StopWaste at School


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Poster Blitz at Alameda Community Center

Recycling PosterRecycling PosterIn the spring of 2012 a waste audit at ACLC showed that 80% of the material in the trash could be composted or recycled. Motivated by these findings, learners began planning ways to start the 2012-2013 school year with improved waste diversion.

Facilitator Patricia Williamson explains, "they decided their first step this year would be to monitor the recycling stations and trash cans to see if people were using them correctly. So, they found discrete places they could sit and watch how people actually disposed of their waste. They discovered that many people did not pay attention to where they threw their waste."


Recycling Poster MemeRecycling Poster Meme

Next, the learners announced their findings at the weekly campus-wide meeting. They reported that many trash cans on campus are not co-located with recycling bins, and those that are often do not have signs showing where to place different items. Even when signs were in place, their peers were not taking care to recycle materials such as paper. They also identified specific problems like the lack of bins next to the sink where diverse types of waste are present and the need for a focused effort in the seminar room where a large volume of the campus' waste is generated..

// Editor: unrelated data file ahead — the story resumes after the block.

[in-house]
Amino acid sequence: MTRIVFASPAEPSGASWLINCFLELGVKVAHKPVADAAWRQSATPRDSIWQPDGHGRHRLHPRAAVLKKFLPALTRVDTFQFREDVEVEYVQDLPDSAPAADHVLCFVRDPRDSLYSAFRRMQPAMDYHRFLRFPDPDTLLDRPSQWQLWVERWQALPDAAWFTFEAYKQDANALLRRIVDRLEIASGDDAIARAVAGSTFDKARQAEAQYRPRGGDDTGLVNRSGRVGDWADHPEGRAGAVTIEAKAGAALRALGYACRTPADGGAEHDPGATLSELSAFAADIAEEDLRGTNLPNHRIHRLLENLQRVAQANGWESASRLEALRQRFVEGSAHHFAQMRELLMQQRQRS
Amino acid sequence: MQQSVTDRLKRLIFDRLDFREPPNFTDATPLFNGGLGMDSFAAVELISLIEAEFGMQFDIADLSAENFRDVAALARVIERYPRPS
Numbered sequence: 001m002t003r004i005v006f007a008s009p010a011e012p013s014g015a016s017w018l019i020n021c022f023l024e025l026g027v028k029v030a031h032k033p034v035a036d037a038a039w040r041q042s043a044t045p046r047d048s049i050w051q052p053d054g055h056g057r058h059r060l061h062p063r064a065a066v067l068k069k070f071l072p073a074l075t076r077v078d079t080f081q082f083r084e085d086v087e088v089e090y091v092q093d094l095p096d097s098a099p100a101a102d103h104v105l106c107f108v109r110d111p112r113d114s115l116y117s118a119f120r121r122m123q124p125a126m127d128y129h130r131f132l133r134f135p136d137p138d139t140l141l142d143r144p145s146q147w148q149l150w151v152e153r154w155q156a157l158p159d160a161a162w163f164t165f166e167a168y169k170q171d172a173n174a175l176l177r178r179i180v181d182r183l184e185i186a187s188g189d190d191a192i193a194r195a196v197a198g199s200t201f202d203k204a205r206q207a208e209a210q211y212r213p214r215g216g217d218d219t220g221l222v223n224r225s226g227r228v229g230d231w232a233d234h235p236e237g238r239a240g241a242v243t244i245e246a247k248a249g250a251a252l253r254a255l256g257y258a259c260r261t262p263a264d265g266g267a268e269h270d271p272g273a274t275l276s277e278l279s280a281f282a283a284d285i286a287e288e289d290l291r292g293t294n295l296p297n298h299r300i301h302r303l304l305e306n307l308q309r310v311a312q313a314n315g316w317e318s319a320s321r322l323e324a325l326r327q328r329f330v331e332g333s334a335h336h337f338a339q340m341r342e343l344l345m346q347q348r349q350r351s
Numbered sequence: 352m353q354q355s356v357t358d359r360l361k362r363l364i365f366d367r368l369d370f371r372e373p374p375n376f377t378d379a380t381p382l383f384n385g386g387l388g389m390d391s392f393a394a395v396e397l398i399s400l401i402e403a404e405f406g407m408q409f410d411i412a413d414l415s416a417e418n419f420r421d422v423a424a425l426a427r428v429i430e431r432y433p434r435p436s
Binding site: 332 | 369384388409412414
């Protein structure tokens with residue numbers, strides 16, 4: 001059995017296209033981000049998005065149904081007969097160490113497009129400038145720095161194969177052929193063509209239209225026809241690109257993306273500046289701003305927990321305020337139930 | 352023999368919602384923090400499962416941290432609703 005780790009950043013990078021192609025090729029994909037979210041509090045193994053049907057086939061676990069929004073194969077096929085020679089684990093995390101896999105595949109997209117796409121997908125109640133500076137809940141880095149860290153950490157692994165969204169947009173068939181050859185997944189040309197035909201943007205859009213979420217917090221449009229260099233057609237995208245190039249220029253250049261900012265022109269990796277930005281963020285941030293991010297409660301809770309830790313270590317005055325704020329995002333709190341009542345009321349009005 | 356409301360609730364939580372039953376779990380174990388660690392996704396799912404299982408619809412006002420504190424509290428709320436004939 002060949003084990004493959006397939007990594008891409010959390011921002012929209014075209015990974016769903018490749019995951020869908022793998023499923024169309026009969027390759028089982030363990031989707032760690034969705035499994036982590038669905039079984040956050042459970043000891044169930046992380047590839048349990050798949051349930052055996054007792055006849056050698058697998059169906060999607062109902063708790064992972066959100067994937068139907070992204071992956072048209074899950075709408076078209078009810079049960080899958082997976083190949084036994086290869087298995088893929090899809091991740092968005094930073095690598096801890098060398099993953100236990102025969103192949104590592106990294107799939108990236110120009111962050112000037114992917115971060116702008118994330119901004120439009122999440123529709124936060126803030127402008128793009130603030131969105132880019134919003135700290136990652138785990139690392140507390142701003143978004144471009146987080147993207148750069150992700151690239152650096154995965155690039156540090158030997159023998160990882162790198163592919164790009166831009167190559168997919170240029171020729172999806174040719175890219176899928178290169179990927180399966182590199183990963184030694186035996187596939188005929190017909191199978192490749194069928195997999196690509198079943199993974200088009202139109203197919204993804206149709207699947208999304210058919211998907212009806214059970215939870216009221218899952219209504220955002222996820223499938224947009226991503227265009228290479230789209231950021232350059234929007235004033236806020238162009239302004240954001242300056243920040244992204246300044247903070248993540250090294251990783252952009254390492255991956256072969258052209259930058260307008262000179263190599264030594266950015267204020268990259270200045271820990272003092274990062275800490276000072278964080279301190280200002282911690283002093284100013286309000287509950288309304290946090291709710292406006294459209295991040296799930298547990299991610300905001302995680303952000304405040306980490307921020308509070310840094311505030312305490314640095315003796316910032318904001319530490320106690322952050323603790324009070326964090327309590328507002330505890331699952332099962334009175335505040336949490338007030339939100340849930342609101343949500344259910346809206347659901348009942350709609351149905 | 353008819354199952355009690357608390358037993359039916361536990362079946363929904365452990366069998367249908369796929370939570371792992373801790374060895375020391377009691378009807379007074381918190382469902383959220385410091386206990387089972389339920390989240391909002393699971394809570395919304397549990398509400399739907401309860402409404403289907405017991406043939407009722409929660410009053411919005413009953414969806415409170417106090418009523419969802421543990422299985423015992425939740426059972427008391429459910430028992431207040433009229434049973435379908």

At the meeting they encouraged everybody to properly use the trash, compost, and recycling bins on campus, and pledged to organize a poster blitz to make sure that waste reduction messages are clearly posted across the campus.

"They plan to do follow-up studies and monitoring of the system to see if there are improvements," said Williamson. "They've designed a 'Red,' 'Yellow,' 'Green,' system to visually show the community how they did the previous day. They hope that regular monitoring and feedback to the community will lead to proper bin usage and waste reduction throughout the year."